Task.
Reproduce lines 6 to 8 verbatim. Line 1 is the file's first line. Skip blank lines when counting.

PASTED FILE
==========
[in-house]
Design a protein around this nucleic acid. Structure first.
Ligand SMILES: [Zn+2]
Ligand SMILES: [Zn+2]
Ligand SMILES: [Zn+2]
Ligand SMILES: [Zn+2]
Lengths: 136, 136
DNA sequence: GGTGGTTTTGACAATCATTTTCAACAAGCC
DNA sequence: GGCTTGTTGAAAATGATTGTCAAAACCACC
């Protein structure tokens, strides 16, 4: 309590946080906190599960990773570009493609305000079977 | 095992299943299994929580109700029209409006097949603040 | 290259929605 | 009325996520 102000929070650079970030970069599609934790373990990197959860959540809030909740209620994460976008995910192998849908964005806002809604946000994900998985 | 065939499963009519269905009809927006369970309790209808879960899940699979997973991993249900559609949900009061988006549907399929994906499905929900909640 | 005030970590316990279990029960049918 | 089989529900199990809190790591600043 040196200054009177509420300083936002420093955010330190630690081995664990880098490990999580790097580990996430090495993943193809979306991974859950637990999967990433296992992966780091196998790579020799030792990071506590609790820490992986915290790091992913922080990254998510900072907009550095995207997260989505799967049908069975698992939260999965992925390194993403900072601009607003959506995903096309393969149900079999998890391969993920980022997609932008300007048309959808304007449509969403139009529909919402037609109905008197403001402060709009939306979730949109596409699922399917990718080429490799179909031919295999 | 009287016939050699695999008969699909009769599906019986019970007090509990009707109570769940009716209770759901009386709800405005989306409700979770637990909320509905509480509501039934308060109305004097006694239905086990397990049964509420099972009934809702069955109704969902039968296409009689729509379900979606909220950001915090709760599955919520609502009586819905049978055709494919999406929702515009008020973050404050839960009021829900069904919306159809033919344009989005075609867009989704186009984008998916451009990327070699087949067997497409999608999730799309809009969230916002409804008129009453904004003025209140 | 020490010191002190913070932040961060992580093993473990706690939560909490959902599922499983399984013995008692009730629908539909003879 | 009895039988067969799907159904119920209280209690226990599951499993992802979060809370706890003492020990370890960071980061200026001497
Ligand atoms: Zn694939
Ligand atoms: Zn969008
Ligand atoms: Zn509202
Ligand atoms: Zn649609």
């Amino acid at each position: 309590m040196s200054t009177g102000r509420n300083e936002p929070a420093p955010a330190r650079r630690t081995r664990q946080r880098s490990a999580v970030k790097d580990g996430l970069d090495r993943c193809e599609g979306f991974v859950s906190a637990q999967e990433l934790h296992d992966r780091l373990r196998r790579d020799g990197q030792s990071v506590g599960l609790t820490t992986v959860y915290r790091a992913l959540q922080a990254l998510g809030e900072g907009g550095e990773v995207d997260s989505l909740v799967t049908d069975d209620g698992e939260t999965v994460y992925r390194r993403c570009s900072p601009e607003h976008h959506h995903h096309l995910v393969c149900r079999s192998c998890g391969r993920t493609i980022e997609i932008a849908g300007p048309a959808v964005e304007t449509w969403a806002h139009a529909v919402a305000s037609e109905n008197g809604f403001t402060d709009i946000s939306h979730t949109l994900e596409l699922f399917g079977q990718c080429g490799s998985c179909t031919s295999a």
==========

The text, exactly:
Ligand SMILES: [Zn+2]
Lengths: 136, 136
DNA sequence: GGTGGTTTTGACAATCATTTTCAACAAGCC